- The GOP will never win until they have the courage to nominate a conservative.
- The GOP will never win until they nominate a competent moderate and don't drag him down in the primaries.
- The GOP will never win until it fixes its core values to appeal to hispanics and women.
- The Obama campaign had an amazing secret sauce to get out the vote, and the GOP will be fine next time because they'll have the same secret sauce.
- We're no longer a center-right country, and conservatives need to concentrate on seizing the cultural levers of power.
- We're no longer a center-right country, so conservatives need to build themselves a parallel society next to the one that's ultimately going to fail. (If you've got an hour and half to burn, listening to Bill Whittle grope his way toward something coherent on this topic is kind interesting. I suspect that when he's done with this it won't sound quite as looney as it did in spots.)
- We're no longer a center-right country, and we're all gonna die.
The Obama campaign, with a little bit of mind-boggling stupidity from the Republicans, managed to scare women out of their minds, convincing them that Romney was unacceptable. And they did it over abortion.
I have a wife, two daughters, and a son. One of my daughters and my son are apolitical--they are, in effect, the dreaded low-information voters, but they don't vote.
My wife also didn't vote, but she's far from a low-information voter. She's just decided that voting only encourages the bastards, and they're all equally bad. Plus, we live in Texas. Why bother, when you know what the result is?
My oldest daughter (she's 31) is well-informed and a regular voter. She has the handicap of having a BFA from a California art college, so she's been exposed to the absolute worst that liberal academia could possibly throw at her. However, she's also my daughter, so she's emerged as a relatively centrist, probably slightly left-of-center, voter.
She considered voting for Romney and liked a lot of his economic ideas. But she ultimately decided that she couldn't vote for him because she was sure that he was going to destroy the reproductive rights infrastructure in the US. All arguments to the contrary were lost on her. Romney and the Republicans were just too dangerous even to consider voting for them. According to her, all of her friends thought the same way. My wife thought the same way; if she'd voted, she would have voted against Romney for this sole issue.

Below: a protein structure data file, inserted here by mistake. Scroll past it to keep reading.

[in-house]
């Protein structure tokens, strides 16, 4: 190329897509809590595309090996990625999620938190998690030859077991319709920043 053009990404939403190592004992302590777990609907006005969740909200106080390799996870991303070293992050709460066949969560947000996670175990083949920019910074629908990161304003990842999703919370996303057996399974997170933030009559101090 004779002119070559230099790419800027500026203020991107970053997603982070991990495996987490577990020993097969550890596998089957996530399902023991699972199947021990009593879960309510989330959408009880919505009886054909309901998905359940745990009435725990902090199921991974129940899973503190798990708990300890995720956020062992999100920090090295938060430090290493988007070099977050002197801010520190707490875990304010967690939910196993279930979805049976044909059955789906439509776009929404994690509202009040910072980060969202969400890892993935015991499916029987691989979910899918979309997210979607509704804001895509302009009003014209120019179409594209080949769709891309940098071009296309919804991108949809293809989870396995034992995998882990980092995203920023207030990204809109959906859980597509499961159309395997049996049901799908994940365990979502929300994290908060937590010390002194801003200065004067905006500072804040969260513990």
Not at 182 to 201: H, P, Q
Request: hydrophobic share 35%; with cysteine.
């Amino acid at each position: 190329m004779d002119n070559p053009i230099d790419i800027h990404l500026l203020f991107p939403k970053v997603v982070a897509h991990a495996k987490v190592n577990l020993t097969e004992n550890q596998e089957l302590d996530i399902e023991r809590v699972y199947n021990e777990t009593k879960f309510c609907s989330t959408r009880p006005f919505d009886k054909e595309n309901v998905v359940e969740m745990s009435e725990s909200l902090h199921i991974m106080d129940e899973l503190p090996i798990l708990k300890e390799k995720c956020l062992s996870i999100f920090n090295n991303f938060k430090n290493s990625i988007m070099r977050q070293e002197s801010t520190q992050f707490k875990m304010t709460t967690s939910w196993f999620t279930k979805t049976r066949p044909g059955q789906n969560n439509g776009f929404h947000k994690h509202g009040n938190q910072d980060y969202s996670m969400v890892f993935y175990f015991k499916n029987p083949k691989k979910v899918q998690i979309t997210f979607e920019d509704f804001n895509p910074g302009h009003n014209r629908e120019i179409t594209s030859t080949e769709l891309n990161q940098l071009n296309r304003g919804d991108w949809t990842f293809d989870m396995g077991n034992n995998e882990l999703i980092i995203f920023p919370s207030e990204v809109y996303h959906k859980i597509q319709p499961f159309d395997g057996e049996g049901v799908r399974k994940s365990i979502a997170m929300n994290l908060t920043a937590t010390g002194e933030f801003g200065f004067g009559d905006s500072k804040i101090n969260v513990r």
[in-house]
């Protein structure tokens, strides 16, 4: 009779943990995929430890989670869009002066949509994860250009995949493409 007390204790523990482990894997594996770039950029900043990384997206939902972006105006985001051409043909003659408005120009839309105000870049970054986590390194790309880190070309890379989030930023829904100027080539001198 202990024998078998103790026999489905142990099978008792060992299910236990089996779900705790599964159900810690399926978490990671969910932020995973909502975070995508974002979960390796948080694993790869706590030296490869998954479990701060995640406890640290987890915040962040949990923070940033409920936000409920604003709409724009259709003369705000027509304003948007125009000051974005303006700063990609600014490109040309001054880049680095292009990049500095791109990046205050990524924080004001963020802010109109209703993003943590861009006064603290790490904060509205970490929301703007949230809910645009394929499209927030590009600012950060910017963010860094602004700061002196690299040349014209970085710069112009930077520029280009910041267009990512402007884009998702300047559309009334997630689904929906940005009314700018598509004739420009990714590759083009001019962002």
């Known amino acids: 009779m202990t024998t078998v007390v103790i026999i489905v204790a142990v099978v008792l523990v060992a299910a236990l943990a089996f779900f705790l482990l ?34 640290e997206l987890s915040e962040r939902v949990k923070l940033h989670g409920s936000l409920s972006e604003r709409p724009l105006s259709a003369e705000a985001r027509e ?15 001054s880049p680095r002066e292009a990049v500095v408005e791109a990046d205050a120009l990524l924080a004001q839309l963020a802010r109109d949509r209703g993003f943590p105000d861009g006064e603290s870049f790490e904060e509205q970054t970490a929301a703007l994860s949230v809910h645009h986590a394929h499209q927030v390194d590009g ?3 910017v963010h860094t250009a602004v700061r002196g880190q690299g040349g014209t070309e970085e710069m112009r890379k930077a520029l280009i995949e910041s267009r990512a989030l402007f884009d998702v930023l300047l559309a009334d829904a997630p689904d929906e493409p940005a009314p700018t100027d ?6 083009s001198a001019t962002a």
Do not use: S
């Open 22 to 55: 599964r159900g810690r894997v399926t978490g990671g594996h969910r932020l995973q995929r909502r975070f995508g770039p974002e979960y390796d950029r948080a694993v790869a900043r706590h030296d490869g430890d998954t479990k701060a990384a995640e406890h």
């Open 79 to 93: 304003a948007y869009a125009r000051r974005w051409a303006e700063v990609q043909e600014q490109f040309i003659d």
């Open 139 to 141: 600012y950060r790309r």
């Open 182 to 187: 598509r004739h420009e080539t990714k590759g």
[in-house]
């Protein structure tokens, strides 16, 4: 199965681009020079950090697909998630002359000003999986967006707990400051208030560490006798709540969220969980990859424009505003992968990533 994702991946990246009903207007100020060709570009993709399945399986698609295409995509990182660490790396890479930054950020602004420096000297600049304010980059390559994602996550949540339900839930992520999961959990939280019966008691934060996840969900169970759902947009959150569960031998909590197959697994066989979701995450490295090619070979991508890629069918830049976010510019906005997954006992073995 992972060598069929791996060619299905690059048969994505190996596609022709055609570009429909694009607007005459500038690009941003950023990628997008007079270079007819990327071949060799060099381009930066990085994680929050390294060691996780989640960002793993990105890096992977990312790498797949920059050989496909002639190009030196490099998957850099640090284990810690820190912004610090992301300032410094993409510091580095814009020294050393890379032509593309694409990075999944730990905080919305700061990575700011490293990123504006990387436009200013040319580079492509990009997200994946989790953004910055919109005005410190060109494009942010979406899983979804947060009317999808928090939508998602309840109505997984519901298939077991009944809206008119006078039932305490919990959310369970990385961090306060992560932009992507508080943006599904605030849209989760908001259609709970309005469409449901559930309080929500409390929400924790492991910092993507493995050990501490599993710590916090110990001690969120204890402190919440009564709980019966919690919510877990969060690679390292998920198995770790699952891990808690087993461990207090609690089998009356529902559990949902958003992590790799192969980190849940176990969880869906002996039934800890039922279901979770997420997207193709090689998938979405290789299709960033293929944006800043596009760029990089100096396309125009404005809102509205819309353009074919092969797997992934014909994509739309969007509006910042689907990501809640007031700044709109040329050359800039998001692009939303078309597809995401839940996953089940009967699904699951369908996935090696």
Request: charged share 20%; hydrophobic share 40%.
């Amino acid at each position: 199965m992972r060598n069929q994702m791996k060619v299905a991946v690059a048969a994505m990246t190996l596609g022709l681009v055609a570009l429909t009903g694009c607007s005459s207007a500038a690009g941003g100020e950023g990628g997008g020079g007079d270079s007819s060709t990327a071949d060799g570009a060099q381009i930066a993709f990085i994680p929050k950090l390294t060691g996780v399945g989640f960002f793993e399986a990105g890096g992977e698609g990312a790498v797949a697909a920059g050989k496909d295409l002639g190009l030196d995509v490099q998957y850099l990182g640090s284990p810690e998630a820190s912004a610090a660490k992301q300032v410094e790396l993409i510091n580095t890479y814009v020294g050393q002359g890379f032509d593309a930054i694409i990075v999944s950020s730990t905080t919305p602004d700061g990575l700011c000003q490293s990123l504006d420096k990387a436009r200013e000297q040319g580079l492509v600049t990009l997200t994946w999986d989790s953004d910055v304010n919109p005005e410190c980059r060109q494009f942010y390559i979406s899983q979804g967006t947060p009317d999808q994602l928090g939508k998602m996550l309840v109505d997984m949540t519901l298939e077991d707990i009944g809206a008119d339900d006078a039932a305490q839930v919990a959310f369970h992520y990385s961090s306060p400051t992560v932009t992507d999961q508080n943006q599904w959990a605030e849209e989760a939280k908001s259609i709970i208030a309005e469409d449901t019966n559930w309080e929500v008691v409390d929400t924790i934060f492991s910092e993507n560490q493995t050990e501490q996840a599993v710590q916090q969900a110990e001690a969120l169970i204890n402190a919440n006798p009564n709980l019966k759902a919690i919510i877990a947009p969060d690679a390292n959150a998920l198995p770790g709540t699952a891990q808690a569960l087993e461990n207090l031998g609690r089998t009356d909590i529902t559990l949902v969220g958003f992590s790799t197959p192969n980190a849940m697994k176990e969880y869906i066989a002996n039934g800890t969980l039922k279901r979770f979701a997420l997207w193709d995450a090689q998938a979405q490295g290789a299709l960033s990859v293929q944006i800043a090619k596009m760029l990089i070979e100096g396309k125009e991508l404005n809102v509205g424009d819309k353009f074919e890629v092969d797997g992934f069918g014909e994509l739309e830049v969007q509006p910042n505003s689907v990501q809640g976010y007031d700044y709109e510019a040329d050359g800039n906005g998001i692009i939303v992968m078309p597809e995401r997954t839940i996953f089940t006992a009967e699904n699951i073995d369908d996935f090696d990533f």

Now, this is admittedly the smallest sample possible. And my daughter admittedly is part of the Austin artsy-musician-y community, which is pretty liberal. But I have a hunch that Obama won the election because of people like her.
The abortion issue poisons all attempts the GOP will make to regain a working electoral majority. Unmarried women won't vote for them. Married women who remember the 60's won't vote for them. Only married women who are happily building families will vote for them. Since this is a shrinking demographic, the anti-abortion activists in the GOP will manage to lose election after election for their candidates.
I am pro-abortion. I hate the term "pro-choice" because using it prevents a frank confrontation with the ugly truth about abortion: It's a way to kill something that would otherwise turn into a human being. When it comes to things like this, the individual has no "choice"; society gets to make laws that bind its citizens to certain courses of action. I don't support a burglar's right to choose whether to rip me off; I'm anti-burglary. I don't support a violent felon's right to choose whether to beat the crap out of me; I'm anti-battery. But I'm pro-abortion.
Before I can explain why, I have to make things worse. See, I actually believe that a fertilized egg is alive and for all intents and purposes human. Will all such fertilized eggs implant and start pregnancies? No. But hormonal contraception will guarantee that pretty close to 100% of any zygotes that would implant, don't, and die. Will all pregnancies result in a live birth? No; about one third of all pregnancies end in spontaneous miscarriage. But abortion again guarantees that almost 100% of all viable pregnancies against which it is performed will end without a live birth. (And the small fraction that don't--well, we'll get to that.)
A common "pro-choice" argument is that a blastula, or an embryo, or an early-to-mid-term fetus isn't human because it's not viable ex vivo. That's certainly true, but a baby isn't viable ex vivo either, without its mother's care. Yet (almost) all cultures consider babies to be human. Another argument is that a fetus is something less than human because it lacks many uniquely human features and faculties. But a baby lacks many of those faculties as well. And a baby resembles an adult human about as much as a blastula resembles a baby. Don't think so? Try touching a baby's arms together above its head. Babies are born as partially-grown heads with a minimum life-support system. They don't look or act much like people. We're awfully fond of them, for powerful evolutionary reasons, but the only thing they have in common with adult humans is a genotype.
So, given all of the above, how can I possibly be pro-abortion?
I'm pro-abortion because we as a society get to decide when the taking of human life is justifiable and when it's murder. We can kill people in wars and celebrate the people who do so. We can kill people in defense of ourselves or our families and society holds us blameless. We execute humans that have done things so heinous that we as a society consider ourselves better off without their continued existence. We almost always regret the taking of human life, even when justified, but we do it anyway, in some circumstances.
I consider early-term abortion to be justifiable homicide.
Sounds really bad, doesn't it? And yet, I think I can support my argument, and further show that it's merely an attempt to put something that about half the people in the country support onto a semi-ethical foundation.